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Latitude: 54.788 / 54°47'16"N
Longitude: -1.6633 / 1°39'48"W
OS Eastings: 421746
OS Northings: 543724
OS Grid: NZ217437
Mapcode National: GBR JFT2.PF
Mapcode Global: WHC4H.FX5C
Plus Code: 9C6WQ8QP+5M
Entry Name: Former Junior Seminary at St Cuthbert's College, Ushaw
Listing Date: 24 June 1987
Last Amended: 9 January 2014
Source: Historic England
Source ID: 1186191
English Heritage Legacy ID: 350524
Location: Esh, County Durham, DH7
County: County Durham
Civil Parish: Esh
Traditional County: Durham
Lieutenancy Area (Ceremonial County): County Durham
Church of England Parish: Esh and Hamsteels
Church of England Diocese: Durham
Former Junior house of Roman Catholic seminary. 1857-9 by Edward Welby Pugin.
Materials: thin courses of squared sandstone with ashlar plinth and dressings; roof of graduated Lakeland slate with stone gable copings.
Plan: 3 main ranges round a forecourt; 3 further ranges behind enclose a courtyard; at right set back 3 further smaller ranges enclose a second courtyard. Gothic style.
Exterior: 1-storey, 11-bay main range; long side ranges end in 6-bay study place at left and CHAPEL OF ST. ALOYSIUS (q.v.) at right. Master's rooms on upper storey at left of main range project from side range. Central projecting gabled entrance bay has low-2-centred arches over double boarded doors, flanking transomed 2-light windows and large 3-light window above. Flanking bays have similar heads to 3-light transomed windows; external chimney stack between second and third bays to right of entrance; mansard roof with 3-light dormer windows under steeply-pitched gables containing small lights. String at attic floor level. Left front study place in similar style has 2-light windows; left return has central buttressed external chimney stack. Master's rooms in tall projection at left end of main range have buttresses, varied windows and tall traceried stair window under steeply-pitched hipped roof with small gabled lights and ridge finials. Right side range has octagonal stair-turret adjacent to chapel (originally surmounted by a spire). End chimneys on study place; front chimney on main range; other ridge chimneys, all with plinths, offsets and octagonal coped shafts.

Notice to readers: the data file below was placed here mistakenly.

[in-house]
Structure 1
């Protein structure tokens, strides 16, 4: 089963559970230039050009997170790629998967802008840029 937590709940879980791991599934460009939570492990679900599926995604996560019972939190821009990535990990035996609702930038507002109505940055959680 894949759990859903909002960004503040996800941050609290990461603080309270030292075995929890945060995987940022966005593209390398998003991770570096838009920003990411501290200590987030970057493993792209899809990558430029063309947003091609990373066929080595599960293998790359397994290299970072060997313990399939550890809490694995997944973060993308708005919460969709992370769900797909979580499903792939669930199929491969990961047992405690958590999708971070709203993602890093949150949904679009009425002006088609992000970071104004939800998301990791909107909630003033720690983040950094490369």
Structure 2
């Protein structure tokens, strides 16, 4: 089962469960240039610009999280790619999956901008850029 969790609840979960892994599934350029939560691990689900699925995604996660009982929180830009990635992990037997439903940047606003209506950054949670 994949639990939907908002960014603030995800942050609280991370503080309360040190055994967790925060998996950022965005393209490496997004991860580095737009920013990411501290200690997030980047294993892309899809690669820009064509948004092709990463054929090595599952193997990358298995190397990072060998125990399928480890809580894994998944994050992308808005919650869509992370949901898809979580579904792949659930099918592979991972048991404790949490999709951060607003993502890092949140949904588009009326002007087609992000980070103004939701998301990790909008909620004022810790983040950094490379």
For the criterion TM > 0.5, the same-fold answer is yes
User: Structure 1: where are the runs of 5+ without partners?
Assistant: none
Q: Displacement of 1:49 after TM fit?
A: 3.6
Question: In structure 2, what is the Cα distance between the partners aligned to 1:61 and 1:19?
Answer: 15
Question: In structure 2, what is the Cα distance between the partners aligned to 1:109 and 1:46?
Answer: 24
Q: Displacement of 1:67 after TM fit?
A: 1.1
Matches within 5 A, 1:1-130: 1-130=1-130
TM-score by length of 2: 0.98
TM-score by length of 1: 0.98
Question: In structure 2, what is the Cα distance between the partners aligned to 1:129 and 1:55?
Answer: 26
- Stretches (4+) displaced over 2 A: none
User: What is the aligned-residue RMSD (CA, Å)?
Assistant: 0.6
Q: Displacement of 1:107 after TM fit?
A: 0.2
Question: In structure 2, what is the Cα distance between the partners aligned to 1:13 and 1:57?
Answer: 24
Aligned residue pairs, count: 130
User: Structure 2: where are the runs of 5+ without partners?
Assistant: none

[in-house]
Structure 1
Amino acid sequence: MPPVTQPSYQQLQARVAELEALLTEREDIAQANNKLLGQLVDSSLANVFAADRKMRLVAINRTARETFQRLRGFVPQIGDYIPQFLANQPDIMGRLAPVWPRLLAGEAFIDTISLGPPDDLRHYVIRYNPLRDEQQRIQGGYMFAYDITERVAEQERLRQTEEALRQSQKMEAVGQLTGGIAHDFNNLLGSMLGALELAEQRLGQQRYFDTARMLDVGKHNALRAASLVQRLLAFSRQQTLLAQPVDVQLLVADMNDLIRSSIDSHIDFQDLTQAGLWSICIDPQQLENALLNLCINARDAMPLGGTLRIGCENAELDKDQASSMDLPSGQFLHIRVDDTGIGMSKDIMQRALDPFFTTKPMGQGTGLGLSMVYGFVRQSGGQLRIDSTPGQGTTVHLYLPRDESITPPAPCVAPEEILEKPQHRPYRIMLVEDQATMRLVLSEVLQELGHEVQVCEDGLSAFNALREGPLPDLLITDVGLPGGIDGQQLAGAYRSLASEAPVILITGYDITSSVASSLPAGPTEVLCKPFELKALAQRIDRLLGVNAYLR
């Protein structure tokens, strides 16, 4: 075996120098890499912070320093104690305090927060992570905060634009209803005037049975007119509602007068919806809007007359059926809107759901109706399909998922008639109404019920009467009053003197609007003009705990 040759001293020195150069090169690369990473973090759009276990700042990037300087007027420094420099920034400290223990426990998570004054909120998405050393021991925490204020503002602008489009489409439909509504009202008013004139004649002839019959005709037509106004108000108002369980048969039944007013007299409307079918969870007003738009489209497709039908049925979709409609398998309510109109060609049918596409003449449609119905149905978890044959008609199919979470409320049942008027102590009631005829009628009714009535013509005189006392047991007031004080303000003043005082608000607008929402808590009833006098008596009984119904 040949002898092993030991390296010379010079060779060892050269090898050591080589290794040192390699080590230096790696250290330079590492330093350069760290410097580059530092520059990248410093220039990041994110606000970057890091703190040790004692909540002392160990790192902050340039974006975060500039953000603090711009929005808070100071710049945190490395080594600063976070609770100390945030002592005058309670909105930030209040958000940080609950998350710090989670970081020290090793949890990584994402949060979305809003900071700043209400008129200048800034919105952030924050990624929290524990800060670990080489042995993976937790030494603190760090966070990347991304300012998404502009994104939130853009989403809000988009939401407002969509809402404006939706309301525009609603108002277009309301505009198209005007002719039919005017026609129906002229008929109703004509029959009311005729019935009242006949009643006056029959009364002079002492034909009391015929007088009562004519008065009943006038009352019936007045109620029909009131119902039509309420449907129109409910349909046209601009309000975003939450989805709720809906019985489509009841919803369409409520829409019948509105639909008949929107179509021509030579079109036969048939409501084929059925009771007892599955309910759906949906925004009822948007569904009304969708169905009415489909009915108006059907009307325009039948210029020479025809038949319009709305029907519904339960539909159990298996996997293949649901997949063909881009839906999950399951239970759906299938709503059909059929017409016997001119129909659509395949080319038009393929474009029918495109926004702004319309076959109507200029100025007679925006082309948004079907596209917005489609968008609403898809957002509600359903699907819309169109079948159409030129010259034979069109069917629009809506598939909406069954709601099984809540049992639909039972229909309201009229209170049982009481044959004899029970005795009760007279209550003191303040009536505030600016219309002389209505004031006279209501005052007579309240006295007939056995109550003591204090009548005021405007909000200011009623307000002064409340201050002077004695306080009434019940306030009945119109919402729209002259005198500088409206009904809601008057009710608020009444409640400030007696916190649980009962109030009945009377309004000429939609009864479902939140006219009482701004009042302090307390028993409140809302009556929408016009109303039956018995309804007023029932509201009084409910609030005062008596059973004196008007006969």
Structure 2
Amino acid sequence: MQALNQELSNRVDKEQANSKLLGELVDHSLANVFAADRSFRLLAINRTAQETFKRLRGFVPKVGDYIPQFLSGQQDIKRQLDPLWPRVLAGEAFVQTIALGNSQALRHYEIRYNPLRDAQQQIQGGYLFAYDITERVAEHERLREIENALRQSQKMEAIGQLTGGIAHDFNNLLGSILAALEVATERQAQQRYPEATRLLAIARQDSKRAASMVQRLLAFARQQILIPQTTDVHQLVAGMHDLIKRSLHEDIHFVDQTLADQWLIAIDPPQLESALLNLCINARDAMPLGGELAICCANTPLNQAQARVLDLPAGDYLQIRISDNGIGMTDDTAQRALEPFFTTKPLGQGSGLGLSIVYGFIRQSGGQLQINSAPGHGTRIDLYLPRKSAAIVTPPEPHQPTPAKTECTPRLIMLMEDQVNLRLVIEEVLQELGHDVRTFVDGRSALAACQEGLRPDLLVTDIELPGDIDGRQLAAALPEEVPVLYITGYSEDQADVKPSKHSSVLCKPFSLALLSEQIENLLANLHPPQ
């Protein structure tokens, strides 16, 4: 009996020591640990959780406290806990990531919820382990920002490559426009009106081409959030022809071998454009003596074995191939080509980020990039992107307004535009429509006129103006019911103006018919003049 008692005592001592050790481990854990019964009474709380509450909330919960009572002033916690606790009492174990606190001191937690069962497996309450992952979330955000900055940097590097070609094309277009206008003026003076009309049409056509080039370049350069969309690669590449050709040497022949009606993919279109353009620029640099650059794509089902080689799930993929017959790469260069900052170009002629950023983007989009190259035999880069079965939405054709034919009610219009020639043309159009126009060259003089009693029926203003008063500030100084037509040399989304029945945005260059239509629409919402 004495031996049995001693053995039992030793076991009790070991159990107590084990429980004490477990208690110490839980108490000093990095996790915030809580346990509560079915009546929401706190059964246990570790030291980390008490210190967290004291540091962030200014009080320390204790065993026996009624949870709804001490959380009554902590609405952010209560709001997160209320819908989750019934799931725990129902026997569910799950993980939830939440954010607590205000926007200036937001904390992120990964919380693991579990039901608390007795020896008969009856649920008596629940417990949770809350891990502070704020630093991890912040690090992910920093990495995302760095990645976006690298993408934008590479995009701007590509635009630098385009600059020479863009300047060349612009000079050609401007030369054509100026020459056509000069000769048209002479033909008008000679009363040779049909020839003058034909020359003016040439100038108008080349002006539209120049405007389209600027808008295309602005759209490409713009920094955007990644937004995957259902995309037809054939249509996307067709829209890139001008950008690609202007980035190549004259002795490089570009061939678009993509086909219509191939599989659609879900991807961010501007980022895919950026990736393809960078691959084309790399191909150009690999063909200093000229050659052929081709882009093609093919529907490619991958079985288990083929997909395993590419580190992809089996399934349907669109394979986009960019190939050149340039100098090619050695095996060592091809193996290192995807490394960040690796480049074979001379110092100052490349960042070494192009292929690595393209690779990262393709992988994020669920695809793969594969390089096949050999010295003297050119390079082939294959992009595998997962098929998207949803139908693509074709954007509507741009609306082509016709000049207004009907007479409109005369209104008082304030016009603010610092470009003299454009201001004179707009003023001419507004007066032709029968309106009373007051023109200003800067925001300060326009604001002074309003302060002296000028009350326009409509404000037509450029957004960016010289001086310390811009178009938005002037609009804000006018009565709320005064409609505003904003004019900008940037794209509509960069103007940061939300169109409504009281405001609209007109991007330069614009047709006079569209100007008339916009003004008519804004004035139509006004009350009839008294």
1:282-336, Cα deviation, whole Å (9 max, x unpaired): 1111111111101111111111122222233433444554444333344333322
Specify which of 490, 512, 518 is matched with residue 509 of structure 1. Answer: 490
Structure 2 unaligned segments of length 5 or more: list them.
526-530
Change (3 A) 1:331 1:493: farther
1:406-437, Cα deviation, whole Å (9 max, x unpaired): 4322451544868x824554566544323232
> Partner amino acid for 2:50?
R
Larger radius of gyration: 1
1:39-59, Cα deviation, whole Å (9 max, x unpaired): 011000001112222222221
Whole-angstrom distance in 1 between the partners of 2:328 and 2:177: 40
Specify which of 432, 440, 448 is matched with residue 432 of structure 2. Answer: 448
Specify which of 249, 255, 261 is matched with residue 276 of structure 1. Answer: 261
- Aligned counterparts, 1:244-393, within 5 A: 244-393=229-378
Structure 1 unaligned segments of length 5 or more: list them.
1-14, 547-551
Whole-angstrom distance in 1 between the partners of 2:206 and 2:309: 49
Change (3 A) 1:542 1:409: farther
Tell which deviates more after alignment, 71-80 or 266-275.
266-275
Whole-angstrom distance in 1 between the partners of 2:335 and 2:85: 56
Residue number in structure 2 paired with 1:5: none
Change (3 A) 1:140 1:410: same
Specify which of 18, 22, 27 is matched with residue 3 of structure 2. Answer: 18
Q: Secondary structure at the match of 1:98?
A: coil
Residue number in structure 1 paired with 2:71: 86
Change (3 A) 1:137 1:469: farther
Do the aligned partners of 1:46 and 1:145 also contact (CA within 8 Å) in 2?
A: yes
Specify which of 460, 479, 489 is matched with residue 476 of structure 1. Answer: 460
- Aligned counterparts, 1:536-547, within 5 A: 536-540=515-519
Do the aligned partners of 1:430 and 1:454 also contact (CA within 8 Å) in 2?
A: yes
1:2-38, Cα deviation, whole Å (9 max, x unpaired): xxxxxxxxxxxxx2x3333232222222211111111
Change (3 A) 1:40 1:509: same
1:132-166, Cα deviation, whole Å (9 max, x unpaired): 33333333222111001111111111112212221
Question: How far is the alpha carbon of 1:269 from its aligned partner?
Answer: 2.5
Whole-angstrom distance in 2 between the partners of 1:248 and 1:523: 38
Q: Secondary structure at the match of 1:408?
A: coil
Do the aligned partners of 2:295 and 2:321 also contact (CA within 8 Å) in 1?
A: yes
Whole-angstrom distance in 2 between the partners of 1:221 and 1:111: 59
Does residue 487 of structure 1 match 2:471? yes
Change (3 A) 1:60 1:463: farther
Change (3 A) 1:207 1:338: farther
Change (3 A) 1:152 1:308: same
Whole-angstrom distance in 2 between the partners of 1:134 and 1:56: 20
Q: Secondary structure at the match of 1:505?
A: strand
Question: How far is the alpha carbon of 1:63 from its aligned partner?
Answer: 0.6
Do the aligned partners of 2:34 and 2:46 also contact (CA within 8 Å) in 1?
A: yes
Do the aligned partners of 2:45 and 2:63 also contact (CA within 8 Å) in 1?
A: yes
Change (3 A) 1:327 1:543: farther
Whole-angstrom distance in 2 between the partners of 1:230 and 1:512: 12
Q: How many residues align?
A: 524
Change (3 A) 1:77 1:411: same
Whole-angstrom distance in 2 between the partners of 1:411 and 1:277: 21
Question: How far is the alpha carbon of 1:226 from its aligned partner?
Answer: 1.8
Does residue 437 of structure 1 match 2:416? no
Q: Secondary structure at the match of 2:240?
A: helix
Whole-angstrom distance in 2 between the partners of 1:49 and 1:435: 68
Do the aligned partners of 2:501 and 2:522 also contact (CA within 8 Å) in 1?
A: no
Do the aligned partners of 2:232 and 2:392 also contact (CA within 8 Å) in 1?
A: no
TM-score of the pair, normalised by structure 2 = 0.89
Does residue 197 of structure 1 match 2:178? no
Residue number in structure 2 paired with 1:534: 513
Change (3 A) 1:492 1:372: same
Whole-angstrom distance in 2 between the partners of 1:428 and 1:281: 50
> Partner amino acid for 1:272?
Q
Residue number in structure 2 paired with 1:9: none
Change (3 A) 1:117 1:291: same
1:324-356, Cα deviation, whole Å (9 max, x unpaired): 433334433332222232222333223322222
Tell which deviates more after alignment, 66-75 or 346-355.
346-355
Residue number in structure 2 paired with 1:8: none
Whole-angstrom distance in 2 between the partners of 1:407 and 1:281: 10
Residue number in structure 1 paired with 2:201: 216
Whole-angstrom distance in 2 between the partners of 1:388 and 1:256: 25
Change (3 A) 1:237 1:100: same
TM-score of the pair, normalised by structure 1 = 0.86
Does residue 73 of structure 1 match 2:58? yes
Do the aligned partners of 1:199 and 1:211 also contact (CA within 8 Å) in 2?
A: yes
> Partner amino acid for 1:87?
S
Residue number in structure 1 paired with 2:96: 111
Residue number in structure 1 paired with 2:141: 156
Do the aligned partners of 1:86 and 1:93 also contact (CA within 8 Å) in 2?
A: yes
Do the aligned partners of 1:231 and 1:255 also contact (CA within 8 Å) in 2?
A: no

Interior: open-arched entrance hall, now filled with screen; original doors throughout; former refectory, later gymnasium, has arch-braced king-post roof. Dormitories have cusped wood brackets supporting roof beams but have lost their original panelled wood dormitory partitions.
Subsidiary Features: to the west of the main building is a BALL-GAME WALL. Probably c.1859 by Edward Welby Pugin. It is built of coursed squared sandstone with ashlar dressings. It is a high wall with side buttresses on lower side walls, all with steeply-pitched copings. Asphalt areas on each side were courts for "Keeping Up" a game played with battledores.